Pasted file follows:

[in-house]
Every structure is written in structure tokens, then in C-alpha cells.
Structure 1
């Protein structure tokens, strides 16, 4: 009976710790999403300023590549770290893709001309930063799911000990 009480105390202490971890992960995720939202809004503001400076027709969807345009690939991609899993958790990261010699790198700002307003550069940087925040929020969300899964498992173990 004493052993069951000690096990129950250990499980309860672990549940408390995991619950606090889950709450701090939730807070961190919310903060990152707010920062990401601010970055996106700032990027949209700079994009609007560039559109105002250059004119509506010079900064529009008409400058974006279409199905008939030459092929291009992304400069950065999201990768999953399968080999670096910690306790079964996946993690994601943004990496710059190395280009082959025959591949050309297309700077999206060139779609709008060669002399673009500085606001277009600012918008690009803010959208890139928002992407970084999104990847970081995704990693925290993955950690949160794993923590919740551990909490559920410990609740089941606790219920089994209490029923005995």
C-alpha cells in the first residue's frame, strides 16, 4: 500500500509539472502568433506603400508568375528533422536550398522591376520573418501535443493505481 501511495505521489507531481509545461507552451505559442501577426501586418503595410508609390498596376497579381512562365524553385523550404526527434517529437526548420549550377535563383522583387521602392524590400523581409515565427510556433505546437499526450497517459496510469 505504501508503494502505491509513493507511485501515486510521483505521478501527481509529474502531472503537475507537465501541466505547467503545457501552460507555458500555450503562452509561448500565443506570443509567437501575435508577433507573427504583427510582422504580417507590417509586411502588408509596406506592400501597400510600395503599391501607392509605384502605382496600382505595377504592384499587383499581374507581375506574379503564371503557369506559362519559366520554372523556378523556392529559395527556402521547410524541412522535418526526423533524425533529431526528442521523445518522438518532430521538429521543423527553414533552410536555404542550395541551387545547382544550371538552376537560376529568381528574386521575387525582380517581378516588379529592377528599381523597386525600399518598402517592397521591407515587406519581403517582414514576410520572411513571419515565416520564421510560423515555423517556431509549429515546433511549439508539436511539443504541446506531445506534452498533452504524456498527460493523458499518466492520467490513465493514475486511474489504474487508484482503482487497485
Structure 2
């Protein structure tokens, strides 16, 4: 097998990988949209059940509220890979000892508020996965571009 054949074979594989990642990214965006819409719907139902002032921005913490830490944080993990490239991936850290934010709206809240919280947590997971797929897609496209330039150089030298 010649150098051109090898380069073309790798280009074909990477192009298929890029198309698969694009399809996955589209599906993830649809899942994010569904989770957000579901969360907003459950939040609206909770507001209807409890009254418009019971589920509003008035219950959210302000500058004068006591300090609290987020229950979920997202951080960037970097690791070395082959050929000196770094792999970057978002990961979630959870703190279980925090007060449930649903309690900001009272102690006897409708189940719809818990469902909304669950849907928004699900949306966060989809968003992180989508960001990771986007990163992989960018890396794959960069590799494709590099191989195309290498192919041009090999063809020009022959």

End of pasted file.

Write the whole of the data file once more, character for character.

[in-house]
Every structure is written in structure tokens, then in C-alpha cells.
Structure 1
């Protein structure tokens, strides 16, 4: 009976710790999403300023590549770290893709001309930063799911000990 009480105390202490971890992960995720939202809004503001400076027709969807345009690939991609899993958790990261010699790198700002307003550069940087925040929020969300899964498992173990 004493052993069951000690096990129950250990499980309860672990549940408390995991619950606090889950709450701090939730807070961190919310903060990152707010920062990401601010970055996106700032990027949209700079994009609007560039559109105002250059004119509506010079900064529009008409400058974006279409199905008939030459092929291009992304400069950065999201990768999953399968080999670096910690306790079964996946993690994601943004990496710059190395280009082959025959591949050309297309700077999206060139779609709008060669002399673009500085606001277009600012918008690009803010959208890139928002992407970084999104990847970081995704990693925290993955950690949160794993923590919740551990909490559920410990609740089941606790219920089994209490029923005995």
C-alpha cells in the first residue's frame, strides 16, 4: 500500500509539472502568433506603400508568375528533422536550398522591376520573418501535443493505481 501511495505521489507531481509545461507552451505559442501577426501586418503595410508609390498596376497579381512562365524553385523550404526527434517529437526548420549550377535563383522583387521602392524590400523581409515565427510556433505546437499526450497517459496510469 505504501508503494502505491509513493507511485501515486510521483505521478501527481509529474502531472503537475507537465501541466505547467503545457501552460507555458500555450503562452509561448500565443506570443509567437501575435508577433507573427504583427510582422504580417507590417509586411502588408509596406506592400501597400510600395503599391501607392509605384502605382496600382505595377504592384499587383499581374507581375506574379503564371503557369506559362519559366520554372523556378523556392529559395527556402521547410524541412522535418526526423533524425533529431526528442521523445518522438518532430521538429521543423527553414533552410536555404542550395541551387545547382544550371538552376537560376529568381528574386521575387525582380517581378516588379529592377528599381523597386525600399518598402517592397521591407515587406519581403517582414514576410520572411513571419515565416520564421510560423515555423517556431509549429515546433511549439508539436511539443504541446506531445506534452498533452504524456498527460493523458499518466492520467490513465493514475486511474489504474487508484482503482487497485
Structure 2
């Protein structure tokens, strides 16, 4: 097998990988949209059940509220890979000892508020996965571009 054949074979594989990642990214965006819409719907139902002032921005913490830490944080993990490239991936850290934010709206809240919280947590997971797929897609496209330039150089030298 010649150098051109090898380069073309790798280009074909990477192009298929890029198309698969694009399809996955589209599906993830649809899942994010569904989770957000579901969360907003459950939040609206909770507001209807409890009254418009019971589920509003008035219950959210302000500058004068006591300090609290987020229950979920997202951080960037970097690791070395082959050929000196770094792999970057978002990961979630959870703190279980925090007060449930649903309690900001009272102690006897409708189940719809818990469902909304669950849907928004699900949306966060989809968003992180989508960001990771986007990163992989960018890396794959960069590799494709590099191989195309290498192919041009090999063809020009022959």